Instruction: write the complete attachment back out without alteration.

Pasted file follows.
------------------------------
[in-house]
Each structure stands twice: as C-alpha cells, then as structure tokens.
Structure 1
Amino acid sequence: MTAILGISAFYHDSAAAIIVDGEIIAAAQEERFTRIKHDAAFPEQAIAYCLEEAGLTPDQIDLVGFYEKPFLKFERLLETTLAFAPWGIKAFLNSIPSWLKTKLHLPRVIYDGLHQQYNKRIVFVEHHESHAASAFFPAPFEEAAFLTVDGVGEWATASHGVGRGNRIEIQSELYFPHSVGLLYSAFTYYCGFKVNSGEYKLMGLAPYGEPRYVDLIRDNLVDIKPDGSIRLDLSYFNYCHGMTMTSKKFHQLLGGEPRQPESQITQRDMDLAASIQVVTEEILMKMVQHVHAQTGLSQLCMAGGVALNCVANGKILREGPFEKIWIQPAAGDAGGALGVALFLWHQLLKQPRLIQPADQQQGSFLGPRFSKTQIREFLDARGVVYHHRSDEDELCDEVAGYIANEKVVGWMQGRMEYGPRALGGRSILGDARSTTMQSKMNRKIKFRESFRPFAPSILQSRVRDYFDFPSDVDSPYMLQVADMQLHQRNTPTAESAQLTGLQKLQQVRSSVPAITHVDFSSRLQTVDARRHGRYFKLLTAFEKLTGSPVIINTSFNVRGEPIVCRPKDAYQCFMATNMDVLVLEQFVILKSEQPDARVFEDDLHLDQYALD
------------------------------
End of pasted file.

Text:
[in-house]
Each structure stands twice: as C-alpha cells, then as structure tokens.
Structure 1
Amino acid sequence: MTAILGISAFYHDSAAAIIVDGEIIAAAQEERFTRIKHDAAFPEQAIAYCLEEAGLTPDQIDLVGFYEKPFLKFERLLETTLAFAPWGIKAFLNSIPSWLKTKLHLPRVIYDGLHQQYNKRIVFVEHHESHAASAFFPAPFEEAAFLTVDGVGEWATASHGVGRGNRIEIQSELYFPHSVGLLYSAFTYYCGFKVNSGEYKLMGLAPYGEPRYVDLIRDNLVDIKPDGSIRLDLSYFNYCHGMTMTSKKFHQLLGGEPRQPESQITQRDMDLAASIQVVTEEILMKMVQHVHAQTGLSQLCMAGGVALNCVANGKILREGPFEKIWIQPAAGDAGGALGVALFLWHQLLKQPRLIQPADQQQGSFLGPRFSKTQIREFLDARGVVYHHRSDEDELCDEVAGYIANEKVVGWMQGRMEYGPRALGGRSILGDARSTTMQSKMNRKIKFRESFRPFAPSILQSRVRDYFDFPSDVDSPYMLQVADMQLHQRNTPTAESAQLTGLQKLQQVRSSVPAITHVDFSSRLQTVDARRHGRYFKLLTAFEKLTGSPVIINTSFNVRGEPIVCRPKDAYQCFMATNMDVLVLEQFVILKSEQPDARVFEDDLHLDQYALD